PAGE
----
A new study shows that the CMO role is now becoming an essential function in companies, but there is still a long way to go to achieve influence and control. Spurring CMOs on to take charge!
At senior executive level in many firms, CMOs still have to prove themselves. This is why “The evolved CMO” is also the apt title of a new study on CMOs. In Summer 2011, the executive search firm, Heidrick & Struggles, together with the market research firm, Forrester Research, surveyed decision-makers in 191 firms on the role of the CMO. The study published in 2012 shows a clear development in the role of CMOs today when compared with a similar study in 2008. CMOs now have greater management responsibility, play a stronger role as the voice of the customer within the organization and have generally moved away from the periphery into the centre of companies, and this has been a success, which bodes well for the future.
Nevertheless, CMOs are still rarely responsible for the main factors in the success of a business. When asked which central functions in the company fall within the scope of marketing’s responsibility, the focus is on areas such as brand strategy, advertising or market research. However, only a small number of marketing organizations are responsible for key success drivers, such as loyalty programs (55%), prices (31%) or product development (30%). Also responsibility for brand P&L (49%) or strategy development (40%) tends to be limited. Of the “4 Ps” (product, price, place, proposition), only one “P”, proposition, is in the hands of marketing. Collaboration between marketing and sales remains a constant issue. “Average” is the term, which best sums up the data gathered in the survey – there is plenty of room for improvement in this respect.
CMOs want their influence to grow in business strategy and digital marketing. 79% of CMOs surveyed state that their goal was to have more influence on the future development of the corporate strategy. This was by far the most important goal in the survey. 89% also consistently stated that their strategic thinking and visioning will play a major role in their personal success. This is, however, where the study also reveals the first inconsistencies. Only 22% said that their strategic thinking and visioning was in need of improvement and only 12% believe that they need more business acumen. This is where their own perception may differ from that of many CEOs. Nevertheless, 38% agree that they need to improve their relationship with the rest of the senior executive team.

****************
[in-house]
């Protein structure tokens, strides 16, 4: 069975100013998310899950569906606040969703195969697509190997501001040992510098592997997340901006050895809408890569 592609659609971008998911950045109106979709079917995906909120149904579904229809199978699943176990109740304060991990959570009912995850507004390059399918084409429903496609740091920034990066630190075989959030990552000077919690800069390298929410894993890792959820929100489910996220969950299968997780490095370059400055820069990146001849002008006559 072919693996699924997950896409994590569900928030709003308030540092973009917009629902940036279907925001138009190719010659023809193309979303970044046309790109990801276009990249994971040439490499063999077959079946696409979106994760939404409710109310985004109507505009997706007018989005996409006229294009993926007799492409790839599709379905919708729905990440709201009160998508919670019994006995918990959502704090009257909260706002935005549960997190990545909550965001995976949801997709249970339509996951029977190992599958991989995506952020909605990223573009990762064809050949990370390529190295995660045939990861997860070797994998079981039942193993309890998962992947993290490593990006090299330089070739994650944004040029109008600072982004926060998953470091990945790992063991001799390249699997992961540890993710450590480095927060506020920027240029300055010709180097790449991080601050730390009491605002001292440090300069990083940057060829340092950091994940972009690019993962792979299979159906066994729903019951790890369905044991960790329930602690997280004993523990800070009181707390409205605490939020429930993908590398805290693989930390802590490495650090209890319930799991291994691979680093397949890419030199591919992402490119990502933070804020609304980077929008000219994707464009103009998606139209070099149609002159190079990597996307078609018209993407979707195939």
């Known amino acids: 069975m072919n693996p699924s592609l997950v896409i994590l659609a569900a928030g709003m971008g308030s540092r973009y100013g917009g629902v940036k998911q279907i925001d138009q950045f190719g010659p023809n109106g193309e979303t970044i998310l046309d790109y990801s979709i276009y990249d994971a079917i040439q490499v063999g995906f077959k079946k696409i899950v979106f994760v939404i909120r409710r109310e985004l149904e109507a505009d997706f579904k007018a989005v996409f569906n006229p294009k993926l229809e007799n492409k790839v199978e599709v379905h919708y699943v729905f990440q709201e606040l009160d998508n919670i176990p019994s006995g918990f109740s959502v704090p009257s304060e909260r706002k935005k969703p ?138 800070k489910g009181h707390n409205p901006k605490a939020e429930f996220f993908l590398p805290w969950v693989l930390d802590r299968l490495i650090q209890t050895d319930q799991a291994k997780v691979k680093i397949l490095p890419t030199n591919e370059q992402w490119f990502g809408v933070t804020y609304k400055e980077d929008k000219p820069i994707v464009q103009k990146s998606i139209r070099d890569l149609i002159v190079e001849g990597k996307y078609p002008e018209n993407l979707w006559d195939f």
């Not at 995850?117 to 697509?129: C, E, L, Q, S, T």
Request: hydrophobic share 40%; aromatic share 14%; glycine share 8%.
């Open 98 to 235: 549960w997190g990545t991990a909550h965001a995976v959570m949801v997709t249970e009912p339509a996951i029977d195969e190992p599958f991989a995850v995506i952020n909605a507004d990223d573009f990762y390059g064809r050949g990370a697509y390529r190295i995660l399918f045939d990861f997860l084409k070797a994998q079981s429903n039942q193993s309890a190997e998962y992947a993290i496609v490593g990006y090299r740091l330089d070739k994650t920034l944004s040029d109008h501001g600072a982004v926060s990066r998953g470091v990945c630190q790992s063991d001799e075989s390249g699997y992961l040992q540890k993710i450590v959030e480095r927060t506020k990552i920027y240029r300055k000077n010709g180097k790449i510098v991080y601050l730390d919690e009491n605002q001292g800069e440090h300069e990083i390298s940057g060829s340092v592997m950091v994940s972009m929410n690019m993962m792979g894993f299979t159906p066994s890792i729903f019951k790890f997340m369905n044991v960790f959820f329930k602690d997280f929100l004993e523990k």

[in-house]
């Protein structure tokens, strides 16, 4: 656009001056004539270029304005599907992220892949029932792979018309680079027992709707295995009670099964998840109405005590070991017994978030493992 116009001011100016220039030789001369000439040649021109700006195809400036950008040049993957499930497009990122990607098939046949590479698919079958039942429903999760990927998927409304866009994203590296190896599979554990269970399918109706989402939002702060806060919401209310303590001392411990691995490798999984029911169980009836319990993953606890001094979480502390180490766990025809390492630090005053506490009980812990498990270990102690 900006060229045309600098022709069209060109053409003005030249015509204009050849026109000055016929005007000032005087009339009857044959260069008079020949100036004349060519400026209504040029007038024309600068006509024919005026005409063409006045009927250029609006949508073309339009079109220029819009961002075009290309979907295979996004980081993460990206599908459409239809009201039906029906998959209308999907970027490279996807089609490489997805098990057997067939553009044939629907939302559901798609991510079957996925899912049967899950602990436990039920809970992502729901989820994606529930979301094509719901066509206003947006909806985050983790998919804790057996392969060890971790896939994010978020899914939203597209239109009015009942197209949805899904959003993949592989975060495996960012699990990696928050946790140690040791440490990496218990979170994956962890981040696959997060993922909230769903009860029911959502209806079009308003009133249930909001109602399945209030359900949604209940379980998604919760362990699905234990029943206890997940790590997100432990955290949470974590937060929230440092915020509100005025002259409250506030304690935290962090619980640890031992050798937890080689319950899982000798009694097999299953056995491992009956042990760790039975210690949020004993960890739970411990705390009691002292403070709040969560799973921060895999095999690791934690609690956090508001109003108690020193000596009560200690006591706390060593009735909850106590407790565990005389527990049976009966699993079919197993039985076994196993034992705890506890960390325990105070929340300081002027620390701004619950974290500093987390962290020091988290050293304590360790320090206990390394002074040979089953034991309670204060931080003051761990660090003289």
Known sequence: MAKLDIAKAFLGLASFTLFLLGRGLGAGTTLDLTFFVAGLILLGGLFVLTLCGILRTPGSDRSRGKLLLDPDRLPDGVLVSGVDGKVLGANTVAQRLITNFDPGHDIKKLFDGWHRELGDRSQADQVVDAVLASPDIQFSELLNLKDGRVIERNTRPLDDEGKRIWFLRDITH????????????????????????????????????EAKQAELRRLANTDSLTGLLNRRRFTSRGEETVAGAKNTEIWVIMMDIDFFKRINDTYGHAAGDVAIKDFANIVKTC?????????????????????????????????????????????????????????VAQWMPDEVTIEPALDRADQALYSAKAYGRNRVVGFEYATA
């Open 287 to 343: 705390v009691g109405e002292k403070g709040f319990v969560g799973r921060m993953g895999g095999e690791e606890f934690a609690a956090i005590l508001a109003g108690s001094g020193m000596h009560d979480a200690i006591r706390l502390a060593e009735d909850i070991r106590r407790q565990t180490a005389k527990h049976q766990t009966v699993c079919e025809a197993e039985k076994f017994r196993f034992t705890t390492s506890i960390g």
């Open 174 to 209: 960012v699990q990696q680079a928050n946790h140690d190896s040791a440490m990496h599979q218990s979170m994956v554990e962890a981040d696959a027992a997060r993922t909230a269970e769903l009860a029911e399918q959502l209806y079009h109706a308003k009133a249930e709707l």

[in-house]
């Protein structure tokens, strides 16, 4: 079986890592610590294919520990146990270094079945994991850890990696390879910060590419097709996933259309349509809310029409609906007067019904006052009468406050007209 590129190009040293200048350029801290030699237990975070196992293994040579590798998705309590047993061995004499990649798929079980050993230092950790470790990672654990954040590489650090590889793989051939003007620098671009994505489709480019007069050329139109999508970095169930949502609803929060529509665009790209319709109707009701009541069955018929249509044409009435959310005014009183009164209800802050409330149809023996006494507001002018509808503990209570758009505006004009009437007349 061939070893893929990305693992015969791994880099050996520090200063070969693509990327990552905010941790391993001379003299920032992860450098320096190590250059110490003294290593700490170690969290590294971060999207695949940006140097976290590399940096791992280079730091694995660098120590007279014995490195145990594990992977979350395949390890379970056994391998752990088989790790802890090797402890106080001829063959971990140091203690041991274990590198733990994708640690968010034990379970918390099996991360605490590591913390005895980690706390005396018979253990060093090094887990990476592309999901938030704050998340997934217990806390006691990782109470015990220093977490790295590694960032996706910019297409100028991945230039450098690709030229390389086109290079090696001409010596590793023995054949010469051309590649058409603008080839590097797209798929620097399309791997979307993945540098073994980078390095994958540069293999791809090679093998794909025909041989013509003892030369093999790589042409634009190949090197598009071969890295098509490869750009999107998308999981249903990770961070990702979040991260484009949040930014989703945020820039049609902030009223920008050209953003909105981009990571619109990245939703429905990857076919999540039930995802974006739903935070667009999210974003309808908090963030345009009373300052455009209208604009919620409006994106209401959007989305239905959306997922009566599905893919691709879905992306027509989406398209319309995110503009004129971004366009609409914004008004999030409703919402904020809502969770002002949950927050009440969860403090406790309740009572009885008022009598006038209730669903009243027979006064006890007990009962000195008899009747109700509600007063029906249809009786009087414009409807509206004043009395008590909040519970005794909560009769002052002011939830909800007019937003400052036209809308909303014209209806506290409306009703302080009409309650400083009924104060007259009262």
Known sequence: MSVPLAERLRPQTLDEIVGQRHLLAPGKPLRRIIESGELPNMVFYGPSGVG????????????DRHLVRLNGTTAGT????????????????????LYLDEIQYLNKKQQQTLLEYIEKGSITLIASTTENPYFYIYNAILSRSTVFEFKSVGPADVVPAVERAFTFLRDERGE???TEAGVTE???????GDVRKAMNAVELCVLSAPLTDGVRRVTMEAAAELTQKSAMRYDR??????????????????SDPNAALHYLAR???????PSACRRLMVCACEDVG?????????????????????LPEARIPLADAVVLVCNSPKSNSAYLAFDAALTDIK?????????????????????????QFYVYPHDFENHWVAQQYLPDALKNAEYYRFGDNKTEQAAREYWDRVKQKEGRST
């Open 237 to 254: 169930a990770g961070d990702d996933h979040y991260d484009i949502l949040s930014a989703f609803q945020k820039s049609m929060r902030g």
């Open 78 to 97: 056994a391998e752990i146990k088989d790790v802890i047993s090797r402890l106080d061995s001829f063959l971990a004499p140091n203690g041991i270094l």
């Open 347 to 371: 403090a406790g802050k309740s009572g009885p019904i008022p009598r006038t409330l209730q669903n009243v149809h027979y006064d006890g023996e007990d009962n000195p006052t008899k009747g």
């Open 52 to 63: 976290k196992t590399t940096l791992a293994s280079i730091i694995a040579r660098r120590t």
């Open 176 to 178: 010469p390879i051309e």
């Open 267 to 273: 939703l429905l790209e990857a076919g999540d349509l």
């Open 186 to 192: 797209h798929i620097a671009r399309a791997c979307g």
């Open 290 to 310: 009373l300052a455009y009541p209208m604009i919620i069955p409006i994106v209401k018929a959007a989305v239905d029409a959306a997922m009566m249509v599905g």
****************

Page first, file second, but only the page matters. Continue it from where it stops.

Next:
There is also a slight difference in perception concerning digital marketing: 40% state that they want to improve their technological know-how. This is an understandable number in a world where marketing is changing. However, only 18% list technological know-how in their “Top 5 Factors” for personal success. In this respect, CMOs also have to ask themselves how much serious consideration they give to the digital revolution in marketing.
The consultants from Heidrick & Struggles and Forrester Research consequently make the following recommendations for action in their analysis:
- Beef up your own technical understanding
- Partner with lead peers on the senior executive team. If CMOs want to represent the voice of customers effectively they have to work closely with decision-makers. In a digital world, CMOs also have to develop much closer relationships with chief technology officers (CTOs).
- Stronger focus on retaining instead of acquiring new customers. According to the study, the majority of CMOs focus on new customers. Based on other studies, Forrester recommends reconsidering this strategy to develop a customer-life cycle approach with a greater focus on existing customers.
- Stronger relationship with sales to ensure the same brand experience is provided to customers. As the two growth-focused departments, sales and marketing must develop visions, targets and execution plans together to make the firm thrive.
In a nutshell: stronger leadership skills and greater technological know-how. CMOs must now get to grips with these two (no longer quite so) unfamiliar challenges!
Source: The Evolved CMO, 2012. A Joint Research Project by Forrester Research and Heidrick & Struggles.